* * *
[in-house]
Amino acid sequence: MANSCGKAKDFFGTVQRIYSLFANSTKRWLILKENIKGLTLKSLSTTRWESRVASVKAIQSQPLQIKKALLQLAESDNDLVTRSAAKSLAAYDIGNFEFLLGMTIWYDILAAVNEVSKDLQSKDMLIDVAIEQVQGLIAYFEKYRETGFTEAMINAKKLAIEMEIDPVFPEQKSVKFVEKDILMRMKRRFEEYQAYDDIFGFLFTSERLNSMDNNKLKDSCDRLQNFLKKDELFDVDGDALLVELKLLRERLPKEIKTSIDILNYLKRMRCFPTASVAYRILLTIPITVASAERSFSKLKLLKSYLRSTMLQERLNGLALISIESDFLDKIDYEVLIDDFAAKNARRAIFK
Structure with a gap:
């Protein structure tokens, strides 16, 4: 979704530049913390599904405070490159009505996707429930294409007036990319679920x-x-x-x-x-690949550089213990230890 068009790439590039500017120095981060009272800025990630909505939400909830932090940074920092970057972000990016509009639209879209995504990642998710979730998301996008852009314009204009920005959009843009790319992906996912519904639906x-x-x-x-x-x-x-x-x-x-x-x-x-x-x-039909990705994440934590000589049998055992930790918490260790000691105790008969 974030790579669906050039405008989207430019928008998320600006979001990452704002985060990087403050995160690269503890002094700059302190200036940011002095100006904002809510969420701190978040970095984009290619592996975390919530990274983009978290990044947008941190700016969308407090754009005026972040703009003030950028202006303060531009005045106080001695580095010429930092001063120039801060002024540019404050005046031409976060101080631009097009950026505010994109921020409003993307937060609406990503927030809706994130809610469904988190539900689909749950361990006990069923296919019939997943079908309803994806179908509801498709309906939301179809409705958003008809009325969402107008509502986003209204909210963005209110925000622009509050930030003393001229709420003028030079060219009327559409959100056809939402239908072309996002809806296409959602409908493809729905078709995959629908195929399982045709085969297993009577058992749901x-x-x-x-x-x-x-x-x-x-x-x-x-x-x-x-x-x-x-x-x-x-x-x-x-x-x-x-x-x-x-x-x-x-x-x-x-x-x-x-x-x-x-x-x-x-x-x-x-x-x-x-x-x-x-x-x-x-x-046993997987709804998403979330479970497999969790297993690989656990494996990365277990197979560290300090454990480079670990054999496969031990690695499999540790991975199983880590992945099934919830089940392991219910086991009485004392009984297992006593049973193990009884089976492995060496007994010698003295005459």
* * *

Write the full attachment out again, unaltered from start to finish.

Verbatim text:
[in-house]
Amino acid sequence: MANSCGKAKDFFGTVQRIYSLFANSTKRWLILKENIKGLTLKSLSTTRWESRVASVKAIQSQPLQIKKALLQLAESDNDLVTRSAAKSLAAYDIGNFEFLLGMTIWYDILAAVNEVSKDLQSKDMLIDVAIEQVQGLIAYFEKYRETGFTEAMINAKKLAIEMEIDPVFPEQKSVKFVEKDILMRMKRRFEEYQAYDDIFGFLFTSERLNSMDNNKLKDSCDRLQNFLKKDELFDVDGDALLVELKLLRERLPKEIKTSIDILNYLKRMRCFPTASVAYRILLTIPITVASAERSFSKLKLLKSYLRSTMLQERLNGLALISIESDFLDKIDYEVLIDDFAAKNARRAIFK
Structure with a gap:
């Protein structure tokens, strides 16, 4: 979704530049913390599904405070490159009505996707429930294409007036990319679920x-x-x-x-x-690949550089213990230890 068009790439590039500017120095981060009272800025990630909505939400909830932090940074920092970057972000990016509009639209879209995504990642998710979730998301996008852009314009204009920005959009843009790319992906996912519904639906x-x-x-x-x-x-x-x-x-x-x-x-x-x-x-039909990705994440934590000589049998055992930790918490260790000691105790008969 974030790579669906050039405008989207430019928008998320600006979001990452704002985060990087403050995160690269503890002094700059302190200036940011002095100006904002809510969420701190978040970095984009290619592996975390919530990274983009978290990044947008941190700016969308407090754009005026972040703009003030950028202006303060531009005045106080001695580095010429930092001063120039801060002024540019404050005046031409976060101080631009097009950026505010994109921020409003993307937060609406990503927030809706994130809610469904988190539900689909749950361990006990069923296919019939997943079908309803994806179908509801498709309906939301179809409705958003008809009325969402107008509502986003209204909210963005209110925000622009509050930030003393001229709420003028030079060219009327559409959100056809939402239908072309996002809806296409959602409908493809729905078709995959629908195929399982045709085969297993009577058992749901x-x-x-x-x-x-x-x-x-x-x-x-x-x-x-x-x-x-x-x-x-x-x-x-x-x-x-x-x-x-x-x-x-x-x-x-x-x-x-x-x-x-x-x-x-x-x-x-x-x-x-x-x-x-x-x-x-x-x-046993997987709804998403979330479970497999969790297993690989656990494996990365277990197979560290300090454990480079670990054999496969031990690695499999540790991975199983880590992945099934919830089940392991219910086991009485004392009984297992006593049973193990009884089976492995060496007994010698003295005459």